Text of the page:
Track-Best Library May 9th, 2013
Patrick Stein

Track-Best is a Common Lisp library used to track the N best of some
series of items. One creates a tracker and then adds scored items to
it. The tracker keeps the N best items and returns them at the end.

Accessing

Usage

The main entry point is the function WITH-TRACK-BEST macro.

(with-track-best (keyword-args)
   ...body...)

The body can call (track item score &optional tracker) as often as
desired. In the end, the with-track-best will return two values:
the list of best items and the list of their scores.

The keyword-args can be any of the following:

  • :NAME variable-name — A symbol used as the variable name for the
    tracker. This is only needed if you will explicitly refer to the
    tracker in the body statements.
  • :KEEP number-to-keep — The number of items to track. This
    defaults to 1 item.
  • :KEEP-TIES whether-to-keep-ties — If true, then items with the same score will all be kept until there are KEEP items with better
    scores. This defaults to NIL.
  • :ORDER-BY-FN function-to-compare-scores — The function used to
    determine if one score is larger or smaller than another score. The
    default for this argument is #'>
  • :ALWAYS-RETURN-LIST t-or-nil — If always-return-list is true, then WITH-TRACK-BEST will return a list even when KEEP is 1. If always-return-list is not true, then WITH-TRACK-BEST will return the single item when KEEP is 1. The default for this argument is NIL.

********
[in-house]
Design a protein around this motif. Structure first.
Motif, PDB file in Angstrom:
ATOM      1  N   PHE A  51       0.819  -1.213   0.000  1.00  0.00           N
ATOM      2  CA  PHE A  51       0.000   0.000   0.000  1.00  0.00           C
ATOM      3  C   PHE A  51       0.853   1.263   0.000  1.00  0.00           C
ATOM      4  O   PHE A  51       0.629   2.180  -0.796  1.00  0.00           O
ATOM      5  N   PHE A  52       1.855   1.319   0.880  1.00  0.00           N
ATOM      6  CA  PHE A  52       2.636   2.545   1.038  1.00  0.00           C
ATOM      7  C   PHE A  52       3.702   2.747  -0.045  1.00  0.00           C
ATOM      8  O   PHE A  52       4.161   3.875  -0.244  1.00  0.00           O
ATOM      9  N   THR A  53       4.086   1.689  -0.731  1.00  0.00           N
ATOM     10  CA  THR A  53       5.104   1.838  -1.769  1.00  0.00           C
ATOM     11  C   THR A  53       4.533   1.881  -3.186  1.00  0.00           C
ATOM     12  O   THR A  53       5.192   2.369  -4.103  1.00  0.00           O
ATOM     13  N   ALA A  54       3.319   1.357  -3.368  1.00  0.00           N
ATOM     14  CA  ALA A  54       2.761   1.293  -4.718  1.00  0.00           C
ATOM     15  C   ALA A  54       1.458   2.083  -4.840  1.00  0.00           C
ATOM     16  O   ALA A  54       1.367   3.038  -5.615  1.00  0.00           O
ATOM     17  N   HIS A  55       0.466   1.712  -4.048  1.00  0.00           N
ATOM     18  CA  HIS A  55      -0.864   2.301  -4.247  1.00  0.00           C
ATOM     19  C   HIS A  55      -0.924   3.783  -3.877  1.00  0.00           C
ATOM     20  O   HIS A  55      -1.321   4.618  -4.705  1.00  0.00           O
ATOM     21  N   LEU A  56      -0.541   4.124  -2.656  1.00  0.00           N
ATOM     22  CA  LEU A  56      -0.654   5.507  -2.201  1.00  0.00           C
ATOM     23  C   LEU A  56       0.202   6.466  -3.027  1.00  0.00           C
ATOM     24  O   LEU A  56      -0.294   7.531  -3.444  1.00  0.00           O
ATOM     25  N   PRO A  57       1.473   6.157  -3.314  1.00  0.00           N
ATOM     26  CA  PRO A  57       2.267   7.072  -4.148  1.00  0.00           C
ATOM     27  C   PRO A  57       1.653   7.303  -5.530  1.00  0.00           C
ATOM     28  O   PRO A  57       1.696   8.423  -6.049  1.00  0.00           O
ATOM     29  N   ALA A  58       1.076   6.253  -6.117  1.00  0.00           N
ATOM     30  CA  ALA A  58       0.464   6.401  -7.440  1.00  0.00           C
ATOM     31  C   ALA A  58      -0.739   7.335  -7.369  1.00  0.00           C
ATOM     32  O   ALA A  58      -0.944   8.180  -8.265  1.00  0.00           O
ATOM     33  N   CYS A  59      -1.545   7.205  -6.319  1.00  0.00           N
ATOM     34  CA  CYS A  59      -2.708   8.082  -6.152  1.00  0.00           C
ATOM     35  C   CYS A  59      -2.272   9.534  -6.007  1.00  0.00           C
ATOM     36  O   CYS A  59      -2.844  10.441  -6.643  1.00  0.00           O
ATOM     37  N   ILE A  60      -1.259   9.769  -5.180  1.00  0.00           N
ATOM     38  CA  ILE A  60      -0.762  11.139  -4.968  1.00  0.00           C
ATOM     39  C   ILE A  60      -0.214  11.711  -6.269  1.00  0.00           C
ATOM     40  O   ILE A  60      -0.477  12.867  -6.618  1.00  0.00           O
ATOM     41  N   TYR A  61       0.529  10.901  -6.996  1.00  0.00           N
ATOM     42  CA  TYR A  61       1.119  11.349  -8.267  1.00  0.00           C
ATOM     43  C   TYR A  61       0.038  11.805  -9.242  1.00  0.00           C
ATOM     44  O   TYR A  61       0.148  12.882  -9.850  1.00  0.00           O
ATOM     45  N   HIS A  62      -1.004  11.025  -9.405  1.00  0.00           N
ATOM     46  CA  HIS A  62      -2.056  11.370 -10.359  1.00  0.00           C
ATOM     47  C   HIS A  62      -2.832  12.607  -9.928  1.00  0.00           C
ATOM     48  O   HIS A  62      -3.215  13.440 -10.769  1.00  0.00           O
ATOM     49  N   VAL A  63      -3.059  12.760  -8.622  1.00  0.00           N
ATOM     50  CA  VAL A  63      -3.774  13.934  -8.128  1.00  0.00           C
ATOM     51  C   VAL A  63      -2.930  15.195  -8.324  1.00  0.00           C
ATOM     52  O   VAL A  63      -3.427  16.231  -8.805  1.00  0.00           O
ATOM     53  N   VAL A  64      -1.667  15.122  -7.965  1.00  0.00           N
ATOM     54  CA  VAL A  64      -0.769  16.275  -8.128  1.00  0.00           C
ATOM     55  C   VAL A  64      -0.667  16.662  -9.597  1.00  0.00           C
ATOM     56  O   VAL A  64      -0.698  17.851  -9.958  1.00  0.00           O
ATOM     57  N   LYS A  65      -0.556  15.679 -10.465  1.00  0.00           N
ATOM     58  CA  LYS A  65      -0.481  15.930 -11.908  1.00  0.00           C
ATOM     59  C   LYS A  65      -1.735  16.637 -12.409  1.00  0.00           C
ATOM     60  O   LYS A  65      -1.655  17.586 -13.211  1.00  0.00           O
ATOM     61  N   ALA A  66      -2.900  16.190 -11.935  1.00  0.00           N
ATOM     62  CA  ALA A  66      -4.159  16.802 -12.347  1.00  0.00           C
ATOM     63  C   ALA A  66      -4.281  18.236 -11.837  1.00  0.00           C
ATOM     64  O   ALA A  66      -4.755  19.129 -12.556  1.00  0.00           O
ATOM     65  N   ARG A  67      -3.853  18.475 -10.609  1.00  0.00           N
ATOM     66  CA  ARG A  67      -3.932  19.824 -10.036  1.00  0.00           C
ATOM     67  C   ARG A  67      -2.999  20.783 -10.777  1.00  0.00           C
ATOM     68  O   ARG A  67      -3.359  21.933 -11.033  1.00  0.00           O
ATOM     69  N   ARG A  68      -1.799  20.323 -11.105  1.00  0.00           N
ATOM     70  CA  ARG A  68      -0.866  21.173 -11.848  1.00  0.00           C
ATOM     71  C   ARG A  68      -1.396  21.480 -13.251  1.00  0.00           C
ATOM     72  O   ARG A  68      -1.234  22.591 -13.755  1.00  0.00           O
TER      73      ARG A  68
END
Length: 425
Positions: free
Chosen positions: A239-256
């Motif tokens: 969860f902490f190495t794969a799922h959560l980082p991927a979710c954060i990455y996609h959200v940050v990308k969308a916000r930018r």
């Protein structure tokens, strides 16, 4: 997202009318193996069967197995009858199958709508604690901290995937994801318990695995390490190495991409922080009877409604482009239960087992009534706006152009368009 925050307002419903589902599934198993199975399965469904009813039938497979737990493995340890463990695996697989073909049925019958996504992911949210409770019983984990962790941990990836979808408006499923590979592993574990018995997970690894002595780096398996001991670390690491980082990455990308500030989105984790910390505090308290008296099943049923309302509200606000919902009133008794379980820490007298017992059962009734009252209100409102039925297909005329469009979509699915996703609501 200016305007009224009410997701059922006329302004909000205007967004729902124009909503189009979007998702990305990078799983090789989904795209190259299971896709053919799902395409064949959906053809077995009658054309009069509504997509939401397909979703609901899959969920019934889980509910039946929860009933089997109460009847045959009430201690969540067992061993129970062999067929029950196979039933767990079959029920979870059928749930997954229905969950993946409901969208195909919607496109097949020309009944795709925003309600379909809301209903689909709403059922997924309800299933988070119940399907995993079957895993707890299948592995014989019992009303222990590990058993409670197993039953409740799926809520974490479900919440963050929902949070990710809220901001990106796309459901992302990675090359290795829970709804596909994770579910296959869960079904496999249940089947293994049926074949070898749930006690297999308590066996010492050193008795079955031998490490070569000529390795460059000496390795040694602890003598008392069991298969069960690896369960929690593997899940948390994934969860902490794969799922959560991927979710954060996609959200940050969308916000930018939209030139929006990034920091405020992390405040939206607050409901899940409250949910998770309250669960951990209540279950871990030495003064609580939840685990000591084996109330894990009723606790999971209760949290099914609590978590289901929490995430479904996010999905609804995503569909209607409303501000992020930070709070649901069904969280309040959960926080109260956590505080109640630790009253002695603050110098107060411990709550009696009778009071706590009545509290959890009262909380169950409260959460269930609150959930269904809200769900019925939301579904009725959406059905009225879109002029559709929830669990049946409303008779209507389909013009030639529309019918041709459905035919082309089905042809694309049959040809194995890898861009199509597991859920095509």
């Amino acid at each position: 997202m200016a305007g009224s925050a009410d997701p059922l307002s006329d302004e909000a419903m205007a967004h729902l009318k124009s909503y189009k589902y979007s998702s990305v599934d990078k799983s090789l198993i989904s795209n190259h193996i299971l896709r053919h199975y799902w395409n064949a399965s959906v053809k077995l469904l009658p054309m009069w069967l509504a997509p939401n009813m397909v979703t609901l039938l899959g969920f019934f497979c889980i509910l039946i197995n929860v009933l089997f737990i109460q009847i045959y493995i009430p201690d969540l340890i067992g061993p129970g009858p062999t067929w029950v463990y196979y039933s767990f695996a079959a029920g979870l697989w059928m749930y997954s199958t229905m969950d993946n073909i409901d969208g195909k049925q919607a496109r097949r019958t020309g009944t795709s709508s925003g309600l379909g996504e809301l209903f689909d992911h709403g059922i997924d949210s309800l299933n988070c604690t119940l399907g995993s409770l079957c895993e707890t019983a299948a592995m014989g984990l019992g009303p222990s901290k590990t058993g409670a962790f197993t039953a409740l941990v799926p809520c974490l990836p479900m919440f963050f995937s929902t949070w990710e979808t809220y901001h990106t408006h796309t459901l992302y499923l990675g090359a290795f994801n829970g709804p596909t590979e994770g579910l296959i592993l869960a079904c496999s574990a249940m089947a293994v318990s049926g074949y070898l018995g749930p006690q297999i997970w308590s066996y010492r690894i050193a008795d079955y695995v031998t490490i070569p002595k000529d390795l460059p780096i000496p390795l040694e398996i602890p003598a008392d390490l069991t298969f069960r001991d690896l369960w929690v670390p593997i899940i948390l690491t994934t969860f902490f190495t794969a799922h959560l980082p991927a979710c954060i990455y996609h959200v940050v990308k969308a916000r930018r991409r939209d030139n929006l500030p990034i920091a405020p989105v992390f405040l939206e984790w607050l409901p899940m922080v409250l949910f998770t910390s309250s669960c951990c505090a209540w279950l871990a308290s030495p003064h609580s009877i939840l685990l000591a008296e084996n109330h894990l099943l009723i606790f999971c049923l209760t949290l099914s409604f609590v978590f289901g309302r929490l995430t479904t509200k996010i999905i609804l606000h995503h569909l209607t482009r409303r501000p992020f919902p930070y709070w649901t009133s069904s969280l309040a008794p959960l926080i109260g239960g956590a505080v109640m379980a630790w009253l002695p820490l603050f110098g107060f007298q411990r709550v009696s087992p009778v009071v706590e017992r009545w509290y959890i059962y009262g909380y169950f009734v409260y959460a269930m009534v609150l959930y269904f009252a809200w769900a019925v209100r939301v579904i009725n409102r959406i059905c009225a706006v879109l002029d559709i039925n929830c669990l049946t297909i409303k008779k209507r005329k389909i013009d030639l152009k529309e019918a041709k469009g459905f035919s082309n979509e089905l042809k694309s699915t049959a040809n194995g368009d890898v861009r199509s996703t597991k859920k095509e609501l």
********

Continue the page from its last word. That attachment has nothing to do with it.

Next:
• :RETURN-BEST t-or-nil — if return-best is NIL, then the form
    returns the value(s) from the last expression in the body rather
    than the best items. This argument defaults to T. Note: This
    argument is evaluated at macroexpansion time, not at runtime.

The other useful entry point is the MAP-BEST which takes a function and an optional tracker. It calls the function for each item currently in the best list of the tracker (from best to worst). MAP-BEST passes two parameters to the function: the item and its score. The MAP-BEST function returns a list of the results of those function calls.

(with-track-best (:keep 3 :return-best nil)
  (dolist (v '(-5 -3 -1 0 2 4))
    (track v (abs v)))
  (map-best #'(lambda (item score)
                (* item score))))
=> '(-25 16 -9)

Example: Finding the longest matching substring in two strings

Given two strings S1 and S2, find the longest substring they have
in common.

(let ((s1 "Keep playing cards on Friday.  Get smart.")
      (s2 "Thank G-d it's Friday!"))
  (with-track-best ()
    (dotimes (len (length s1))
      (dotimes (offset (- (length s1) len -1))
        (let ((needle (subseq s1 offset (+ offset len))))
          (when (search needle s2 :test #'string=)
            (track needle len)))))))